Qantas (QF, Sydney Kingsford Smith) has announced the outsourcing of 2,000 ground staff jobs at ten airports across Australia in a move to cut costs as it faces a financial hit from the global COVID-19 pandemic.

The airline in a statement said it aimed to save AUD100 million Australian dollars (USD73.7 million) annually (based on pre-COVID levels of flying) through the use of third-party ground handlers. Avoiding large spending on ground handling equipment such as aircraft tugs and baggage loaders would save another AUD80 million (USD59 million) over five years. The move would also allow it to better match ground handling services and their cost with fluctuating demand levels due to COVID-19.

The decision affects baggage handlers, ramp workers, and cabin cleaners at Sydney Kingsford Smith, Melbourne Tullamarine, Brisbane Int'l, Perth Int'l, Adelaide, Darwin, Cairns, Townsville, Alice Springs, and Canberra. Affected employees would be entitled to a redundancy package and given support to transition to new jobs outside the company.

The announcement brings job losses across the Group as a result of the COVID crisis to around 8,500 of Qantas' 29,000 pre-COVID workforce. A decision was also expected before year-end on the outsourcing of crew bus services in-and-around Sydney Airport, potentially affecting a further 50 employees.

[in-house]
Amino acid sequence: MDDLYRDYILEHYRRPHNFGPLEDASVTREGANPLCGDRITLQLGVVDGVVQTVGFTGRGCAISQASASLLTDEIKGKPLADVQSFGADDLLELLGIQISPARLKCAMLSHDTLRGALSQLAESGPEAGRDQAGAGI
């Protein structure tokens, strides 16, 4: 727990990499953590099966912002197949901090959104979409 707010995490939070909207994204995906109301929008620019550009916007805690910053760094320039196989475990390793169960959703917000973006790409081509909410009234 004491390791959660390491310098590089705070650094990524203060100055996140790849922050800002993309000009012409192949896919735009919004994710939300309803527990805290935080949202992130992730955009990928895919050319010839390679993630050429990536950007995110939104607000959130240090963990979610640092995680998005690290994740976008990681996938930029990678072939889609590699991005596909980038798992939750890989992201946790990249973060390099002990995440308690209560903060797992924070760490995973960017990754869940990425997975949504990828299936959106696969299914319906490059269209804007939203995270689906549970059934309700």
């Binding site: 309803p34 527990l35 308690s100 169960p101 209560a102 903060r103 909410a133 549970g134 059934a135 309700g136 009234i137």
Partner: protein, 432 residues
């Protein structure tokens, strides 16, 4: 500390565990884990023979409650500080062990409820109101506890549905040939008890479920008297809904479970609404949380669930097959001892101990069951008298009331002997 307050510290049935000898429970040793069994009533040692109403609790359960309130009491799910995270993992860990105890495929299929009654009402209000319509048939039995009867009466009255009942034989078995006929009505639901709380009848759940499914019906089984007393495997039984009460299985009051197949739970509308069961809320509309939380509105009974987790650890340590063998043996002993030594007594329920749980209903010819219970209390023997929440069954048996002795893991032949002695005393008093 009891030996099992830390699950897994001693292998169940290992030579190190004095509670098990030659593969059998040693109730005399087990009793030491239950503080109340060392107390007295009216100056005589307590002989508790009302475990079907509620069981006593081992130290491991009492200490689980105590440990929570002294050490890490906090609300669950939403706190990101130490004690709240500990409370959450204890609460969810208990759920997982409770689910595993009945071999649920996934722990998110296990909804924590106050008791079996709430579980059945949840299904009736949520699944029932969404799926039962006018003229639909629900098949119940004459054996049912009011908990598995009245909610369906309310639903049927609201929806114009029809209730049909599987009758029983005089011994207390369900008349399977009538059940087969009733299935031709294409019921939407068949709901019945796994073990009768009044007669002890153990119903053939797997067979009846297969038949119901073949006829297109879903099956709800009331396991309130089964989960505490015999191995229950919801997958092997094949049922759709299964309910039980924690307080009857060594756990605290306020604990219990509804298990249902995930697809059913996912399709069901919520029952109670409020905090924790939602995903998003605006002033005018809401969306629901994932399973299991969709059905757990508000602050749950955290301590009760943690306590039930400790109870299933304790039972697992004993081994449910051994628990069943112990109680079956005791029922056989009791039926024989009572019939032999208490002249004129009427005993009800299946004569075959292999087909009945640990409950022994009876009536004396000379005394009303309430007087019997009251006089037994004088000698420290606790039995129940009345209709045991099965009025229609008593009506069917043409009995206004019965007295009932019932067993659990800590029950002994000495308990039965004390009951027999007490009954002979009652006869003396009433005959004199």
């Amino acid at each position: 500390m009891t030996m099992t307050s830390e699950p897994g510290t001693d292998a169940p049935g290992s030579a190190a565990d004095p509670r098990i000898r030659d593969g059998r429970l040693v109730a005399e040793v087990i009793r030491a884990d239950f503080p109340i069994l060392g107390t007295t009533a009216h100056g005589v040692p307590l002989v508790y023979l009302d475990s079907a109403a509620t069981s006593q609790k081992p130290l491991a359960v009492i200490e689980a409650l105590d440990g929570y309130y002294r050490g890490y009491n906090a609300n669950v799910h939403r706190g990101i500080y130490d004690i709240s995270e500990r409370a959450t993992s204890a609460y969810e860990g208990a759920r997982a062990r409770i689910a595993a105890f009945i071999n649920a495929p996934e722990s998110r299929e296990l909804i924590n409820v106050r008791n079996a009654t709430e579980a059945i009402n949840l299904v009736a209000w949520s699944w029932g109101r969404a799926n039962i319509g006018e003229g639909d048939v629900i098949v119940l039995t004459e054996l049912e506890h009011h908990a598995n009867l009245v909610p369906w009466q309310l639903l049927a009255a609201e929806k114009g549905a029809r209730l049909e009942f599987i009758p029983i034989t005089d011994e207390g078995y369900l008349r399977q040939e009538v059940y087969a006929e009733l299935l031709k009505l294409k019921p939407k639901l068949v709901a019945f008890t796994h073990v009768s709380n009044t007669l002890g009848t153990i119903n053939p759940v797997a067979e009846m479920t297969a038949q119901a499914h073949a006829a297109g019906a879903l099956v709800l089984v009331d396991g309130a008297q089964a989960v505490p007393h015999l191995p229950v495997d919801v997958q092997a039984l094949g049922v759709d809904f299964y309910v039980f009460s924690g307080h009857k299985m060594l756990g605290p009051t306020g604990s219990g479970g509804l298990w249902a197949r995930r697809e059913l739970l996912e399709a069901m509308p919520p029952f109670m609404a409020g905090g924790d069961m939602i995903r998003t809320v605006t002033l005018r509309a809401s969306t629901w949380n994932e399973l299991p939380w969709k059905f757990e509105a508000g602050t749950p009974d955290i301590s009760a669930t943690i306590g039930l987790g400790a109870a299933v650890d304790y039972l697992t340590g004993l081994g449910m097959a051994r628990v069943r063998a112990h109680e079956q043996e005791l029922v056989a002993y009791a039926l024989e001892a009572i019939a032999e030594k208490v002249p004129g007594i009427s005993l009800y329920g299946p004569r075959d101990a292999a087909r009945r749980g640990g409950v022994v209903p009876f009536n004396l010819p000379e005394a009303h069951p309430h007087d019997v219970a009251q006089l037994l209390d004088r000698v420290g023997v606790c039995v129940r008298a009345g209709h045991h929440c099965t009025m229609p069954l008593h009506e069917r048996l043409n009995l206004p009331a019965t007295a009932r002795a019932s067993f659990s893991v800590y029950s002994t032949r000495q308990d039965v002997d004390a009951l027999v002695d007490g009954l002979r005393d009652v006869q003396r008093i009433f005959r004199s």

Qantas in August invited bids from external specialist ground handlers and in-house bids from employees and their representatives. However, bids received from the Transport Workers Union (TWU) and some airport teams were unsuccessful as they did not meet the cost-saving objectives, the Group said.

Instead, a number of external bidders, some of whom already provide ground-handling services at 55 airports across Australia, were able to match all requirements, including reducing annual costs by AUD103 million (USD76 million). Once contracts had been finalised, the preferred (as yet unnamed) bidders would take over ground-handling services in 1Q21.

Subsidiary Jetstar Airways (JQ, Melbourne Tullamarine) in August already announced its decision to outsource its ground handling operations at six airports.

Qantas Group posted an AUD2.7 billion (USD1.9 billion) loss in FY2021 due to COVID-19 and associated border restrictions. The airline expects further significant losses in FY2021 as it expects a further AUD10 billion (USD7.3 billion) drop in revenue. The Group said it had incurred more than USD1.5 billion in additional debt since the start of the pandemic.

Qantas Domestic and International Chief Executive Officer Andrew David said: “Unfortunately, COVID has turned aviation upside down. Airlines around the world are having to make dramatic decisions in order to survive and the damage will take years to repair. While there has been some good news recently with domestic borders, international travel isn’t expected to return to pre-COVID levels until at least 2024. We have a massive job ahead of us to repay debt and we know our competitors are aggressively cutting costs to emerge leaner.”

Meanwhile, the Group dismissed TWU claims that the outsourced services would be unsafe; that the in-house bid process had been a sham; and that the process was really about lowering workers’ wages and conditions. The union had also charged that Qantas should pay back taxpayers money it had received as part of the government’s JobKeeper scheme to save jobs. Qantas said it had fully complied with the scheme and paying back the money would mean clawing it back from employees, which made no sense.